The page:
Phoenix, AZ- In principle, a declining crime rate and fewer people in prison should be a good thing since the U.S. has the highest incarceration rate in the world. Less people in prisons should in theory save state governments money, but that is not the case. Instead putting less people in prisons is costing states millions because of the contracts states hold with private prisons.
Advocacy group, In the Public Interest, analyzed 60 contracts between private prisons and state governments and would they found should be alarming. Two-thirds of the contracts reviewed by the advocacy group contain occupancy clauses which require states to keep beds full or face costly penalties or lawsuits.
The required minimum occupancy in many states ranges from 80 to 100 percent, but the majority of contracts requiring 90 percent occupancy. Arizona, Louisiana, Oklahoma and Virginia have contracts which require between 95 and 100 percent occupancy.
In 2010 at a prison in Arizona, two inmates escaped which launched a multi-state manhunt. After the escape, Arizona officials decided they would stop sending prisoners to what they described as a “dysfunctional” facility, according to the Huffington Post. The private prison company running the facility, Management & Training Corp. said they lost $10 million because of the empty beds and sued the state. Arizona state officials managed to negotiate a settlement for $3 million dollars as the prison company worked on improving conditions at the facility, but three months after the a agreement the prison made little headway.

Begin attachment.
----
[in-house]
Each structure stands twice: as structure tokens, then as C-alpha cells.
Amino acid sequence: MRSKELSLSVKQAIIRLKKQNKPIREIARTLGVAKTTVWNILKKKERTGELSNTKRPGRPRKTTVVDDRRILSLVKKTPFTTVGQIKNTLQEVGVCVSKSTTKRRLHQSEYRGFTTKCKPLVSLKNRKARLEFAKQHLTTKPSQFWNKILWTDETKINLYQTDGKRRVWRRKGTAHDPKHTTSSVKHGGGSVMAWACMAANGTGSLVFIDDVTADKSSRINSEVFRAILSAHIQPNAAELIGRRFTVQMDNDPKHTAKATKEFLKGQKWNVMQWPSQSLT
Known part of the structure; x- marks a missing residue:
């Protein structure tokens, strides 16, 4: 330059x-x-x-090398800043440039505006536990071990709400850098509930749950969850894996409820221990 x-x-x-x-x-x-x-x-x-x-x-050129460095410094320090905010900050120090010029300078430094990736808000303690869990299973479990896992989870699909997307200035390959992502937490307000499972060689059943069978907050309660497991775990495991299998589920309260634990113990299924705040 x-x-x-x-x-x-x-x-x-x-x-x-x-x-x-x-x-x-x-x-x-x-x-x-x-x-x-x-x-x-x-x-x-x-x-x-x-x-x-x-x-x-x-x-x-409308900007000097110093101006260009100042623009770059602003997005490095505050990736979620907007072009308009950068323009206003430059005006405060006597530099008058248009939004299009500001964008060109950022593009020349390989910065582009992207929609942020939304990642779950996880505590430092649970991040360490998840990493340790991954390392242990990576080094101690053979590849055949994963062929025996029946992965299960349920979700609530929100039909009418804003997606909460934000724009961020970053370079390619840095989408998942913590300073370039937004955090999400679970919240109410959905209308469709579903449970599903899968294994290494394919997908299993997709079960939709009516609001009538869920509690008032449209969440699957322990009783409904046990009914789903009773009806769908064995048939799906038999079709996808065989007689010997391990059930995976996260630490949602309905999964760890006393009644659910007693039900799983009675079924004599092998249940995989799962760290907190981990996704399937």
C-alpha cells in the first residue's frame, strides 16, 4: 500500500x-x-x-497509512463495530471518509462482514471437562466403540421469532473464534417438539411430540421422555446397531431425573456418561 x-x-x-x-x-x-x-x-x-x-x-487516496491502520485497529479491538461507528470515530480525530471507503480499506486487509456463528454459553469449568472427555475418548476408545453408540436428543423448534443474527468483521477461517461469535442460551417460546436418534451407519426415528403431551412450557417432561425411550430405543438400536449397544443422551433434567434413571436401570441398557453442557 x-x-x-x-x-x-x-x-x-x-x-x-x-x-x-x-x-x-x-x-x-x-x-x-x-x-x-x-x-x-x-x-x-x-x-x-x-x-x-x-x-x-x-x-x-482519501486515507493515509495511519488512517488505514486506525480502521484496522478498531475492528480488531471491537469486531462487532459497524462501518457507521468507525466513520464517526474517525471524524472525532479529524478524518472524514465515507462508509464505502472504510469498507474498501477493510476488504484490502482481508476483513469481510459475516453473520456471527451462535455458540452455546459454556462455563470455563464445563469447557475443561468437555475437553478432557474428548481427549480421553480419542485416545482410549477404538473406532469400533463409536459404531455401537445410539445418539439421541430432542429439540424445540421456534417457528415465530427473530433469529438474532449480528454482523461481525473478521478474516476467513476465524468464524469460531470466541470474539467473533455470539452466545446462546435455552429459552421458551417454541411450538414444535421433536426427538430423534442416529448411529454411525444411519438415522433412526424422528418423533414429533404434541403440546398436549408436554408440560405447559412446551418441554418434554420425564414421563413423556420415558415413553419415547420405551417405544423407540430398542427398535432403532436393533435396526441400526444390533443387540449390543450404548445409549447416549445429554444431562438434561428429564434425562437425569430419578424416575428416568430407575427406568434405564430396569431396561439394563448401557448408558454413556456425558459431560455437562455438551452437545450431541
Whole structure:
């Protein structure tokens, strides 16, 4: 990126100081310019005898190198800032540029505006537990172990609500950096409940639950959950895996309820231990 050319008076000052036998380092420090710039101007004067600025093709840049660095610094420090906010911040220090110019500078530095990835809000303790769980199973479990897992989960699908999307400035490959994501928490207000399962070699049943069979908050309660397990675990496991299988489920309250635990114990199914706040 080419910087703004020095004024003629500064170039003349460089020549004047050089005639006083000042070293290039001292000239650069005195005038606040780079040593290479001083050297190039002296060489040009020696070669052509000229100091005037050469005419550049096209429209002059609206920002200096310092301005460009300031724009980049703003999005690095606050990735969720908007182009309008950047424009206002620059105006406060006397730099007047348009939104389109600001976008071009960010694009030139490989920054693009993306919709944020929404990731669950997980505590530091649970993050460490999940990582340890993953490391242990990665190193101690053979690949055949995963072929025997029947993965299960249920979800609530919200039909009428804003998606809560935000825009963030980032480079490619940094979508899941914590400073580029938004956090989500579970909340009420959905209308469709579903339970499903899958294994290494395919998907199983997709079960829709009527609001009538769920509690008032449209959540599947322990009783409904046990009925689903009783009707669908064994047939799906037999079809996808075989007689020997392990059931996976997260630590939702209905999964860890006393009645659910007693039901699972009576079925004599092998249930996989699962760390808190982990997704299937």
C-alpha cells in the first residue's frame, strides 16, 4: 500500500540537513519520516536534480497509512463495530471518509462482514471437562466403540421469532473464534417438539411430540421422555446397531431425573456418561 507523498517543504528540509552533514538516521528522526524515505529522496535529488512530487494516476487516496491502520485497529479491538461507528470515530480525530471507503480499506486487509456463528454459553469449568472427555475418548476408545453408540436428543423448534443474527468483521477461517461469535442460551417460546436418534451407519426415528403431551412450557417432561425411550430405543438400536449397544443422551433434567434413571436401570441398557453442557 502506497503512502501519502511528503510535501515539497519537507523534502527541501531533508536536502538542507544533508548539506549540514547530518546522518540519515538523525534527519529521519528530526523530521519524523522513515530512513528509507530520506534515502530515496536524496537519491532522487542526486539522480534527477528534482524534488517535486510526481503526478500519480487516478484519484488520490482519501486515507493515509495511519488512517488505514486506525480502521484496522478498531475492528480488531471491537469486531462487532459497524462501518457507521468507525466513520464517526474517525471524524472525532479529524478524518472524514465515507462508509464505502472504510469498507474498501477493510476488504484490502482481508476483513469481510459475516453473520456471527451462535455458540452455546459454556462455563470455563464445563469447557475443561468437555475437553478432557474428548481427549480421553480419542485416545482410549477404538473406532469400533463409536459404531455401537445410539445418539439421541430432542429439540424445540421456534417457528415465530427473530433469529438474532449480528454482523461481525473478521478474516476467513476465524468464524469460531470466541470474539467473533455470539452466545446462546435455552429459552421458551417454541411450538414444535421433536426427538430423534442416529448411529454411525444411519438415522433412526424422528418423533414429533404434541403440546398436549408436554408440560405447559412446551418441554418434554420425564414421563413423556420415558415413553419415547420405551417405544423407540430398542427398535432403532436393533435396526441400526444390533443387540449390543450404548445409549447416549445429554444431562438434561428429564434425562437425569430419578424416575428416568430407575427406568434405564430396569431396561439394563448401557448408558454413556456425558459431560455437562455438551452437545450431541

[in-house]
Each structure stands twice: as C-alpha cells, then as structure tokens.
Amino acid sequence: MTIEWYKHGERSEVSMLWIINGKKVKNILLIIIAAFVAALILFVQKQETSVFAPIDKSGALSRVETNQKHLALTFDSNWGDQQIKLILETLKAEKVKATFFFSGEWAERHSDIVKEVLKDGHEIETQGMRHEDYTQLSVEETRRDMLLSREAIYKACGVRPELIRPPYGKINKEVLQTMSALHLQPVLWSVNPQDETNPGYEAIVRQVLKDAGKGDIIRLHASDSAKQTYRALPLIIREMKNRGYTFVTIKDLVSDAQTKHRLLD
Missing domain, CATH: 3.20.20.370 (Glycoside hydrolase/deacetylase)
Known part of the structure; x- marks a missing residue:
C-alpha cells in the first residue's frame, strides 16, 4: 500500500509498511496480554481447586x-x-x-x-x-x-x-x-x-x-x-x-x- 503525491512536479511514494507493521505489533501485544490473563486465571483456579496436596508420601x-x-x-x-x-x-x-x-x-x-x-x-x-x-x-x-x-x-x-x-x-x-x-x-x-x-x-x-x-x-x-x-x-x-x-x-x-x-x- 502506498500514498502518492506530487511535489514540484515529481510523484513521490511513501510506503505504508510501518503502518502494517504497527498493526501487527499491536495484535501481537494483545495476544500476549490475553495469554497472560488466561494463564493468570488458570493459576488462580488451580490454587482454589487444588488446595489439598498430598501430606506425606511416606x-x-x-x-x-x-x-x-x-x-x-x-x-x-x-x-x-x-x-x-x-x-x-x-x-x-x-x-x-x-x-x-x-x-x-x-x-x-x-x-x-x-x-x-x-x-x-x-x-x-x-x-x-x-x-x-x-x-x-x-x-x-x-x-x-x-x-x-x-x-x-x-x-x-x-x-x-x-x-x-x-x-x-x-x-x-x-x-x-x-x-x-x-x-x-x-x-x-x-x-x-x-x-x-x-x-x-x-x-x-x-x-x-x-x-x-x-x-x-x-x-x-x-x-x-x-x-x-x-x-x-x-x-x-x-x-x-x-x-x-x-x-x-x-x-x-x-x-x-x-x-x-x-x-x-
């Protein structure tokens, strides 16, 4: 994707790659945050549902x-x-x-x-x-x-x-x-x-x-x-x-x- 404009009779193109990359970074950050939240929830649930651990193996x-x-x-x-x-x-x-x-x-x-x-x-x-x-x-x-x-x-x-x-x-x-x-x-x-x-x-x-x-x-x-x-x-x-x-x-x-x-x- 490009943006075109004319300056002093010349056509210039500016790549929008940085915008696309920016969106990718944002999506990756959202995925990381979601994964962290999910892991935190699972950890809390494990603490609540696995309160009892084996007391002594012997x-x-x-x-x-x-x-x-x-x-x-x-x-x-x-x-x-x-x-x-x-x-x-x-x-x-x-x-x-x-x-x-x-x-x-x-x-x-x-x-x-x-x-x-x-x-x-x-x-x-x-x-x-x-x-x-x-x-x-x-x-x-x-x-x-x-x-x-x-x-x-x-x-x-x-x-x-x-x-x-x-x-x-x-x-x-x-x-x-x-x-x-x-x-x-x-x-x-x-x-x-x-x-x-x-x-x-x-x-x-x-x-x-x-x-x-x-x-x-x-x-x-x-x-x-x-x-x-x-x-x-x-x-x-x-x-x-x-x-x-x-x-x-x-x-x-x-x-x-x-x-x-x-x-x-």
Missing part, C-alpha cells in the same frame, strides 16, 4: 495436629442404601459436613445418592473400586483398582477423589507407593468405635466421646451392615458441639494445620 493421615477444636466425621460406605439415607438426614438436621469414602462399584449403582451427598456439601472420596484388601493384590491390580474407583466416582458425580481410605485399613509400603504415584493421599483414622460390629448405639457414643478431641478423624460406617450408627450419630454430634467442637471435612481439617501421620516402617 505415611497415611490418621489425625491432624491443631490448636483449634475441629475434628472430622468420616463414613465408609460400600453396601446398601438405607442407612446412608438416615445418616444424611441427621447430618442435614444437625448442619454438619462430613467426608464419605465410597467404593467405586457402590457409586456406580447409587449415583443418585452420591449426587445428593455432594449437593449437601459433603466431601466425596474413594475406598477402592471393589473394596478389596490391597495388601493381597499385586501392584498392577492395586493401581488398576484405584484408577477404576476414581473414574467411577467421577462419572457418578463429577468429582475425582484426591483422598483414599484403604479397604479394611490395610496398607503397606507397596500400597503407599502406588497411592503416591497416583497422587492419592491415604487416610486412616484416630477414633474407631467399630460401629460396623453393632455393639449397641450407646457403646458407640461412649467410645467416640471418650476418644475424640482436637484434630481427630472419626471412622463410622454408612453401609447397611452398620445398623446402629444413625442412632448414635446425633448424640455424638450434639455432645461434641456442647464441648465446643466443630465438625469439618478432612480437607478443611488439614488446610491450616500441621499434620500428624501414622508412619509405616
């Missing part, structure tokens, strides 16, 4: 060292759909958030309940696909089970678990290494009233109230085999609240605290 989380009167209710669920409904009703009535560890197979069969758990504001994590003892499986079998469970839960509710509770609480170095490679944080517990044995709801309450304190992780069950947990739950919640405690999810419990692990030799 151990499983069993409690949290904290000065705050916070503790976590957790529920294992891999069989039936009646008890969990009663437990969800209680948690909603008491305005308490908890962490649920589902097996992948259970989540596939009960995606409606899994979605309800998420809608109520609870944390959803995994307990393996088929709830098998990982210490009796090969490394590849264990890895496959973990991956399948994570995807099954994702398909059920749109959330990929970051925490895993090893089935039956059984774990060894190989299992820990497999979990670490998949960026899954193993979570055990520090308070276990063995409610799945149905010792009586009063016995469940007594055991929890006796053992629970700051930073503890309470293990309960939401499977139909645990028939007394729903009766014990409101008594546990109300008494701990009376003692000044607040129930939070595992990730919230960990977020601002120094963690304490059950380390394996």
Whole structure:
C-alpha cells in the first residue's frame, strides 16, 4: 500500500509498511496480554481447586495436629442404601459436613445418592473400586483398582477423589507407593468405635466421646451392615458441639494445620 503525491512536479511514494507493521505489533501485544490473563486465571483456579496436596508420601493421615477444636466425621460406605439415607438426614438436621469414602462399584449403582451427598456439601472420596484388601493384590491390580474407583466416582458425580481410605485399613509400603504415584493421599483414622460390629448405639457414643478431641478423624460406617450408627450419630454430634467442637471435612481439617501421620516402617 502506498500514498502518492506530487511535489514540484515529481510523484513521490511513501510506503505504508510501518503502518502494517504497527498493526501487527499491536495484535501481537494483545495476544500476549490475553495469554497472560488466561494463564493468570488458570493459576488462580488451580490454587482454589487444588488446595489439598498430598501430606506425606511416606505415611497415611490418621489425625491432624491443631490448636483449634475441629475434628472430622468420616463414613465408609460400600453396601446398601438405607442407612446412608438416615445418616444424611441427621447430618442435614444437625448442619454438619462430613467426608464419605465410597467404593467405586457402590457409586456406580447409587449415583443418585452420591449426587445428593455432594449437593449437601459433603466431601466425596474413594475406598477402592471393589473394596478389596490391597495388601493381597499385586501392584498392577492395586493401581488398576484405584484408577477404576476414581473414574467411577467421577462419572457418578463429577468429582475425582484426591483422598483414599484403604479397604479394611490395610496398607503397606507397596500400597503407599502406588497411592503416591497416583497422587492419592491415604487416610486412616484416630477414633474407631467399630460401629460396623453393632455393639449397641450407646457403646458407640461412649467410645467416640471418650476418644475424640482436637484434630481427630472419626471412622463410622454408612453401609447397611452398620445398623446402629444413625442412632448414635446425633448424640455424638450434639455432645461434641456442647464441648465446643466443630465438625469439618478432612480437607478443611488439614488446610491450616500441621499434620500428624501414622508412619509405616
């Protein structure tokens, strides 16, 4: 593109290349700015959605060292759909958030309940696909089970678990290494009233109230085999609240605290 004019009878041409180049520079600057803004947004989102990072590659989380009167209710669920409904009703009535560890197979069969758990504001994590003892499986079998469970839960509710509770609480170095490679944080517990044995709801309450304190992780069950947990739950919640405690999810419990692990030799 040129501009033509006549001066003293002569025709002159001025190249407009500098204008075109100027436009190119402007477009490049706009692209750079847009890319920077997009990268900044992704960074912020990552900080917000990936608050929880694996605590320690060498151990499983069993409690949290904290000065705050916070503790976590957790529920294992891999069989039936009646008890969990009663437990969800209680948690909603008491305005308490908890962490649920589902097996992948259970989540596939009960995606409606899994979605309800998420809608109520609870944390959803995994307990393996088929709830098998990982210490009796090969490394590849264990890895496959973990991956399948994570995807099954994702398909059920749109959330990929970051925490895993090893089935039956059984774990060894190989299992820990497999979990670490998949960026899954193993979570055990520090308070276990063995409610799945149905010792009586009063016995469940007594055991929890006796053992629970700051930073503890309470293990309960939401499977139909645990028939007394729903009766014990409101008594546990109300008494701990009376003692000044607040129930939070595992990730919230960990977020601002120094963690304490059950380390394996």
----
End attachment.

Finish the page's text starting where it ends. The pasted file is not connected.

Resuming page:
Private prison companies say these quotas actually save the state money because they don’t have to raise the daily rate as long as they maintain occupancy quotas.
These contracts back states in the corner and give them less control over the way prisons on their state are run. There is no incentive for a private prison to improve conditions or correct deficiencies when they are going to get paid anyway. A study found that private prisons are dirtier, more violent and less accountable than state run facilities. It’s like crime, if there are no consequences, criminals would have no reason to stop breaking the law.
The state isn’t the only loser in this situation, the citizens loose too. These occupancy quotas thwart efforts to reform sentencing and end the ineffectual war on drugs. The pressure states feel to keep beds full trickle down to law enforcement and judges. You can’t truly have justice if you have to keep beds full so a private company can maintain their profits.
With minimum occupancy agreements there is the unstated push for law enforcement officers to catch more criminals—that’s actually a good a thing. But when these people go before a judge, they could be given maximum jail sentences when they would otherwise receive reduced penalties simply so the state can maintain their occupancy quotas.
Private prison companies have backed three-strike laws, which throw people with three minor convictions in jail for the rest of their lives. Now that’s a way to keep beds full. When crime rates drop, the taxpayer must foot the bill, so the bed quota may be a short term discount to states, but in the long run Americans pay a higher price by having our politicians and state officials beholden to private prisons which are only concerned with profits.